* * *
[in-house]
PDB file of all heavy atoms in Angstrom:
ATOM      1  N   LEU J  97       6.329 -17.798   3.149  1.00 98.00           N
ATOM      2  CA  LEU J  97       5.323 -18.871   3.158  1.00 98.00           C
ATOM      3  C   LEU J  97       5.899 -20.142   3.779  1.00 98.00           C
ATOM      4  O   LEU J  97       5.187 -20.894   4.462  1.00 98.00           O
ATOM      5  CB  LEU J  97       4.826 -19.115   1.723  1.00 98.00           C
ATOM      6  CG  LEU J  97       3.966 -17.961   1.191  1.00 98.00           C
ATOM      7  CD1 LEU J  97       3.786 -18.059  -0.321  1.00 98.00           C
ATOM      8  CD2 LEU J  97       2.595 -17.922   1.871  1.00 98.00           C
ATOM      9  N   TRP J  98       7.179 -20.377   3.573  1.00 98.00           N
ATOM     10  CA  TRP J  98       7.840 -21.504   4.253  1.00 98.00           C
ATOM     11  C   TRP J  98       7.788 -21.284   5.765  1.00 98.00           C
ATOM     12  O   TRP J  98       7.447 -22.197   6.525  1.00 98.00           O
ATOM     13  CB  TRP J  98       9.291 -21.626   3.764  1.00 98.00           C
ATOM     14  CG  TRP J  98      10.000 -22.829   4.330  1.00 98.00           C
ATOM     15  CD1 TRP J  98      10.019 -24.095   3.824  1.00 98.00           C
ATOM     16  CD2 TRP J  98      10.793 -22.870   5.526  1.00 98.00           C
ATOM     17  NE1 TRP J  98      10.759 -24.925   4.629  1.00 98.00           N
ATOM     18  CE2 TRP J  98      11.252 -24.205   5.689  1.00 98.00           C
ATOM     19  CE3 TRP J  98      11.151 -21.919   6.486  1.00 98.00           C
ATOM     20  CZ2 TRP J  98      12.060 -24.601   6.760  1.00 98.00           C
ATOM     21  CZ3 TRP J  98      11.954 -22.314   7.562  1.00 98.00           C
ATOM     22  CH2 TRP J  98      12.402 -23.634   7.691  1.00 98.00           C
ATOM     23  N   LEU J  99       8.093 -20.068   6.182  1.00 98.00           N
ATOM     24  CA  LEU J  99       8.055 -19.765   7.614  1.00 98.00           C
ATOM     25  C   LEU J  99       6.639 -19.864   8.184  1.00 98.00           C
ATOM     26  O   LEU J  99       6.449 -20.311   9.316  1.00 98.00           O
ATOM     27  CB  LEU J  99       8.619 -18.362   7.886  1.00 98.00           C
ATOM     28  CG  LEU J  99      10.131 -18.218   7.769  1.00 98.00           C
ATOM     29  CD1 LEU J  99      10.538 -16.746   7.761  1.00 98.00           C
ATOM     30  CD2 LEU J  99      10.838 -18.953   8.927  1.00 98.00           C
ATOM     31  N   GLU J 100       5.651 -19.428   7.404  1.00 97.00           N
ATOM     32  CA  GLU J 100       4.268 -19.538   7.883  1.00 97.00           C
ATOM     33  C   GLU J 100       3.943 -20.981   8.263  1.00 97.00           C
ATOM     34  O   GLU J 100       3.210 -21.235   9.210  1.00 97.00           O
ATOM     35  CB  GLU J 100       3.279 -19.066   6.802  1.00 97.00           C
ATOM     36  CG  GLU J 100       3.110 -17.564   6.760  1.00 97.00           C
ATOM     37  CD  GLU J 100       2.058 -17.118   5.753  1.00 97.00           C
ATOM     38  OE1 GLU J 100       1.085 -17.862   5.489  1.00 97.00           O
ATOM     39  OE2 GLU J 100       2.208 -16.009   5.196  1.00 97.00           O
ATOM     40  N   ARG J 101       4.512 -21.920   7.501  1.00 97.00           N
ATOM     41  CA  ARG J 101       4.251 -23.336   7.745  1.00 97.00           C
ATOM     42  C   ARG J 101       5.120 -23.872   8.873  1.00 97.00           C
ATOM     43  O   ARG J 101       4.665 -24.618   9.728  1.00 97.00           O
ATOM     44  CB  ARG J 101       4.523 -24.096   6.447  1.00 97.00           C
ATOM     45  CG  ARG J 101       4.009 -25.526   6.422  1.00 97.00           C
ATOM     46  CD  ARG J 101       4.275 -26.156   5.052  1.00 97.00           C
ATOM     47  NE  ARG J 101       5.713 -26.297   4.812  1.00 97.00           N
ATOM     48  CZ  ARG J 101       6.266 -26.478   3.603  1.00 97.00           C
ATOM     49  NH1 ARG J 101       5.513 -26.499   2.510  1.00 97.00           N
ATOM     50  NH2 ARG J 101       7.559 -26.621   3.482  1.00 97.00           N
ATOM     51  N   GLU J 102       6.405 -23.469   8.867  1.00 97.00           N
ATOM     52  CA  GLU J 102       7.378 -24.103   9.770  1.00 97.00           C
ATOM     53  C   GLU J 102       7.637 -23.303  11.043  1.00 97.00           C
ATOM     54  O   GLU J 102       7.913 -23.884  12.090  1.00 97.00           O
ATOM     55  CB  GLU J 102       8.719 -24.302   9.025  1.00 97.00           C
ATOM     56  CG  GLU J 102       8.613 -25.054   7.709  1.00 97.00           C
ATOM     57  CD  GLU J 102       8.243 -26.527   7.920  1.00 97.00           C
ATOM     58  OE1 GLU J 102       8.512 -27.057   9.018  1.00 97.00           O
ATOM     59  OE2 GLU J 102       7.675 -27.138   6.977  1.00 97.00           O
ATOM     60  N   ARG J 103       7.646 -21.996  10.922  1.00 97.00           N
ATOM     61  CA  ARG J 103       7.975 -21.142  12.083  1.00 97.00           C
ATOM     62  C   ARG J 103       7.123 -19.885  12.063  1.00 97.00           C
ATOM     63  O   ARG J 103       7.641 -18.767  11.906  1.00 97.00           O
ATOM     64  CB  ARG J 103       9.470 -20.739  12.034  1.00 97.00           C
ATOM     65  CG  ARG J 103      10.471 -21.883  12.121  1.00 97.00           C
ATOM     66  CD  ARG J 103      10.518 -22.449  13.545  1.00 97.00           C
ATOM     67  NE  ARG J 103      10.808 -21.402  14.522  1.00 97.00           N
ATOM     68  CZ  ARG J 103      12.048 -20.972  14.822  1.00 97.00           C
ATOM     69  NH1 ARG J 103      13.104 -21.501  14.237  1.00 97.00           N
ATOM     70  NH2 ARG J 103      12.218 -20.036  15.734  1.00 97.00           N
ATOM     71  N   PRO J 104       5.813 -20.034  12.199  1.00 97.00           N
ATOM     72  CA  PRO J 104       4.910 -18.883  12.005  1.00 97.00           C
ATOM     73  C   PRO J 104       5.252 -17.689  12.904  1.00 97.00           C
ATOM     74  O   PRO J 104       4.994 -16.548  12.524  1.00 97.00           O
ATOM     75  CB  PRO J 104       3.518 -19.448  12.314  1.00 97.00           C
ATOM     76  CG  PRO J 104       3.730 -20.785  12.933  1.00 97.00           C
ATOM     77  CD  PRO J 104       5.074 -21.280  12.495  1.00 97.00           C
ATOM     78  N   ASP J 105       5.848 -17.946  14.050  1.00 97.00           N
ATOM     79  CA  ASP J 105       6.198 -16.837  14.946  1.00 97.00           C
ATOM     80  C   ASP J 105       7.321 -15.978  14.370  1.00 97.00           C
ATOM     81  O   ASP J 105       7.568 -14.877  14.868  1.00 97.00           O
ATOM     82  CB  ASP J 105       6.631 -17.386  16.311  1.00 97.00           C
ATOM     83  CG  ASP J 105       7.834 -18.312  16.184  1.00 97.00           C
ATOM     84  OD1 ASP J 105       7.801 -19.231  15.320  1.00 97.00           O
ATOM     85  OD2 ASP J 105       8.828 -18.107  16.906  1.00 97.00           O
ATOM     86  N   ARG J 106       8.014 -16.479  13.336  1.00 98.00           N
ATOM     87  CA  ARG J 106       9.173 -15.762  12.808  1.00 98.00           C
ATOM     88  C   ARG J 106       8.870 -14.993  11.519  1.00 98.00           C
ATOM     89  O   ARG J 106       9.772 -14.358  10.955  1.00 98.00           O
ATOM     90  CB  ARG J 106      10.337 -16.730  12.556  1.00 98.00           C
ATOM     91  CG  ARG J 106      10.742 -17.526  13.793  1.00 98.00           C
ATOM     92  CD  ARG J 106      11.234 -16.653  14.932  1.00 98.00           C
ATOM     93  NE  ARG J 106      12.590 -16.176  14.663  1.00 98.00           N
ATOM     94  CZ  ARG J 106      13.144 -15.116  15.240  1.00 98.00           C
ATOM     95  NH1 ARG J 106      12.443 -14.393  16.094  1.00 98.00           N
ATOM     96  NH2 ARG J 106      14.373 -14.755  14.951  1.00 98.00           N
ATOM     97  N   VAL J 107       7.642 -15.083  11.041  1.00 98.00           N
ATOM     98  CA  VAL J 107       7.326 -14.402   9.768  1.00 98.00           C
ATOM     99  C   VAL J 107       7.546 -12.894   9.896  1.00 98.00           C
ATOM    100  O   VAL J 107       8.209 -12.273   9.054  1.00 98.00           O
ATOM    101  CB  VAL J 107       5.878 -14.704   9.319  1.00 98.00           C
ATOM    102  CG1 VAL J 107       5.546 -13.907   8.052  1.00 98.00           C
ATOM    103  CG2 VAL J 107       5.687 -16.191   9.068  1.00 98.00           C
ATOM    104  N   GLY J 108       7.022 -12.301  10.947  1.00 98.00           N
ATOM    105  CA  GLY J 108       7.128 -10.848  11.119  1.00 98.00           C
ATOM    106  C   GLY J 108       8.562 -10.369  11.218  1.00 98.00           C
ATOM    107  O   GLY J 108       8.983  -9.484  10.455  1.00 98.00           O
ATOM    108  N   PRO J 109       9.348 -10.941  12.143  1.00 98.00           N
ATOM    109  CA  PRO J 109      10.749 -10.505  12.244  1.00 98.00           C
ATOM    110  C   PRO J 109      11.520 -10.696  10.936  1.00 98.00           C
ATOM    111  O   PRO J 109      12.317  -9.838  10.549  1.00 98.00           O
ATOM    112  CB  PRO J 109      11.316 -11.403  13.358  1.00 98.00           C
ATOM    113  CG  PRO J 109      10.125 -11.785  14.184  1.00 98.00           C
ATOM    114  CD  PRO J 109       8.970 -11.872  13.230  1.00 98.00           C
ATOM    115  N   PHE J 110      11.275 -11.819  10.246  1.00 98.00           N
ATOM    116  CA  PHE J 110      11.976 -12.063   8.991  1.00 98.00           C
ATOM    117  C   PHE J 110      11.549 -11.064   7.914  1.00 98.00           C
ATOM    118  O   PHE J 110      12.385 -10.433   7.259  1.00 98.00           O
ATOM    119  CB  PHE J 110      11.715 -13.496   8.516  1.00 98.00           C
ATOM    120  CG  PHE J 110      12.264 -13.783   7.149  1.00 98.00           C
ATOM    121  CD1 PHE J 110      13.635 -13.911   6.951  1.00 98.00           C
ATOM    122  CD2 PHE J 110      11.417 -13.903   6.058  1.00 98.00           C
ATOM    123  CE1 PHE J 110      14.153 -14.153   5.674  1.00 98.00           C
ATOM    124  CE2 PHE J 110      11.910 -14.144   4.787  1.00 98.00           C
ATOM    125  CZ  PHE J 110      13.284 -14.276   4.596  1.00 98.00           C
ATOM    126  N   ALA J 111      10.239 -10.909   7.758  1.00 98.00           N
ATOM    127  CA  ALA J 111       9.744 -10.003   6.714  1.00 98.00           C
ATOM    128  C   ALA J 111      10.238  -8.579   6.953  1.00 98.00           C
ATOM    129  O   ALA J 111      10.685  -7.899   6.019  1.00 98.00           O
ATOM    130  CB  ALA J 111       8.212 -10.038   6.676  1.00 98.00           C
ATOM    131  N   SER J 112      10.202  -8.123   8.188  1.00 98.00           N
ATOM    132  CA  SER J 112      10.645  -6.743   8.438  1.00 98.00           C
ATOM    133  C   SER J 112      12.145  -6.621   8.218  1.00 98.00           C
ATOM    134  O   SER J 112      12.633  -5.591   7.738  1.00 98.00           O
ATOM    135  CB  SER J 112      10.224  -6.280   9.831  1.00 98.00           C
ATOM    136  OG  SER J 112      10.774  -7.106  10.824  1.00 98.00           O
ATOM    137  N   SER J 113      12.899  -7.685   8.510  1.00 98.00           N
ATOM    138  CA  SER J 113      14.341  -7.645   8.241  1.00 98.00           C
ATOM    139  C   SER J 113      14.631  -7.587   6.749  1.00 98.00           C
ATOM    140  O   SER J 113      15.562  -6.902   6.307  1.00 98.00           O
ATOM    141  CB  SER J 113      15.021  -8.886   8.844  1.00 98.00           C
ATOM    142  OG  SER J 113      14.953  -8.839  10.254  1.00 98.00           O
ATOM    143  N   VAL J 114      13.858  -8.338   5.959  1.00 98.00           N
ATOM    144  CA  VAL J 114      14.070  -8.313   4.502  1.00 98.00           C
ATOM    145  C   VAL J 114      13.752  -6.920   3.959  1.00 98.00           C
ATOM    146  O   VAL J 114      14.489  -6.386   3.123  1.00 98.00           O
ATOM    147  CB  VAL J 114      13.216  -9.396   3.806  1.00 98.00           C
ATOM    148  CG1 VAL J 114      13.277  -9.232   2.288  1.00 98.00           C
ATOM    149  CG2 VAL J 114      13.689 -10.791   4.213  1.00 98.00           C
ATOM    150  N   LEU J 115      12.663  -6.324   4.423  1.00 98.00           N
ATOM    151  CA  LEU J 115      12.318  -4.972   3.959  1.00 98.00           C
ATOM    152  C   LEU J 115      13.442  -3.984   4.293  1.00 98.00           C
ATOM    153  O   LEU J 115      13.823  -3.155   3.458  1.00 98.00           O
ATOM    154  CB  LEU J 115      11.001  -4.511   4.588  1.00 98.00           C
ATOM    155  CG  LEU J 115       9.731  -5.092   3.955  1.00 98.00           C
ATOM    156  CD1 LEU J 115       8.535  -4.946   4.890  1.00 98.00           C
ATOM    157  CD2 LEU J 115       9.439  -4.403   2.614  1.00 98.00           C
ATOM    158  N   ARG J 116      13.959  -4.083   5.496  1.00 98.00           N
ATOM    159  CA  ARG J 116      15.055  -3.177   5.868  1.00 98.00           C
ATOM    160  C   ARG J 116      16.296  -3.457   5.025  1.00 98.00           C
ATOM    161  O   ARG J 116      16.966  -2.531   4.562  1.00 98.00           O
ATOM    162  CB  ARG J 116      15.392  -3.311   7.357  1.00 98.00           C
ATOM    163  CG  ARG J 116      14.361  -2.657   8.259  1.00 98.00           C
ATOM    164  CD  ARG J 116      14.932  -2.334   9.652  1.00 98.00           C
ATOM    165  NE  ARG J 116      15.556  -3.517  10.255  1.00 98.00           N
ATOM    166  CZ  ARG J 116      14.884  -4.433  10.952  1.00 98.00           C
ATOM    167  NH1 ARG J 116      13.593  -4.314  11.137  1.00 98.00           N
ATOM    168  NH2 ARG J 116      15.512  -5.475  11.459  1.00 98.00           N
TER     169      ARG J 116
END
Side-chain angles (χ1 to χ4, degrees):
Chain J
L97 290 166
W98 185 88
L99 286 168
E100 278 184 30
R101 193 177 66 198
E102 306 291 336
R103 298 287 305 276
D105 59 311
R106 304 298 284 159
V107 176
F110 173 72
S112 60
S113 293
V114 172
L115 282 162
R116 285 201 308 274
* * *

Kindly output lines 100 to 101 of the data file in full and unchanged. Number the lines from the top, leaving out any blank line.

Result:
ATOM     98  CA  VAL J 107       7.326 -14.402   9.768  1.00 98.00           C
ATOM     99  C   VAL J 107       7.546 -12.894   9.896  1.00 98.00           C